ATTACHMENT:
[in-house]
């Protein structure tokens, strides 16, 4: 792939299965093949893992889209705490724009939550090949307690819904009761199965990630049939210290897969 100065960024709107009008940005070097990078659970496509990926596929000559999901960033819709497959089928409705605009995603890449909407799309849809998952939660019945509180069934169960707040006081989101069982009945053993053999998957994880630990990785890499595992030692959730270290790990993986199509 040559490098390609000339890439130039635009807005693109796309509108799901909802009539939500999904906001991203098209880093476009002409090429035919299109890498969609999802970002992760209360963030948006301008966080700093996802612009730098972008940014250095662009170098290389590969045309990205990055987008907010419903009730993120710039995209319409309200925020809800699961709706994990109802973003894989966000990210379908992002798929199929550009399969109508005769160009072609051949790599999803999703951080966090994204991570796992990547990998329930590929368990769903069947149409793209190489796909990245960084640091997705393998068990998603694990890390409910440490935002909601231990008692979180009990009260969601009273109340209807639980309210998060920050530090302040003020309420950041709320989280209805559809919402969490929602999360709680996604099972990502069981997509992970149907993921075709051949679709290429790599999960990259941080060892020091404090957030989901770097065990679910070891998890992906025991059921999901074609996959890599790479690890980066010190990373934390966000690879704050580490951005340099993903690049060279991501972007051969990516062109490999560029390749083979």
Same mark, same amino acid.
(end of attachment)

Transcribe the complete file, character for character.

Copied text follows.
[in-house]
């Protein structure tokens, strides 16, 4: 792939299965093949893992889209705490724009939550090949307690819904009761199965990630049939210290897969 100065960024709107009008940005070097990078659970496509990926596929000559999901960033819709497959089928409705605009995603890449909407799309849809998952939660019945509180069934169960707040006081989101069982009945053993053999998957994880630990990785890499595992030692959730270290790990993986199509 040559490098390609000339890439130039635009807005693109796309509108799901909802009539939500999904906001991203098209880093476009002409090429035919299109890498969609999802970002992760209360963030948006301008966080700093996802612009730098972008940014250095662009170098290389590969045309990205990055987008907010419903009730993120710039995209319409309200925020809800699961709706994990109802973003894989966000990210379908992002798929199929550009399969109508005769160009072609051949790599999803999703951080966090994204991570796992990547990998329930590929368990769903069947149409793209190489796909990245960084640091997705393998068990998603694990890390409910440490935002909601231990008692979180009990009260969601009273109340209807639980309210998060920050530090302040003020309420950041709320989280209805559809919402969490929602999360709680996604099972990502069981997509992970149907993921075709051949679709290429790599999960990259941080060892020091404090957030989901770097065990679910070891998890992906025991059921999901074609996959890599790479690890980066010190990373934390966000690879704050580490951005340099993903690049060279991501972007051969990516062109490999560029390749083979």
Same mark, same amino acid.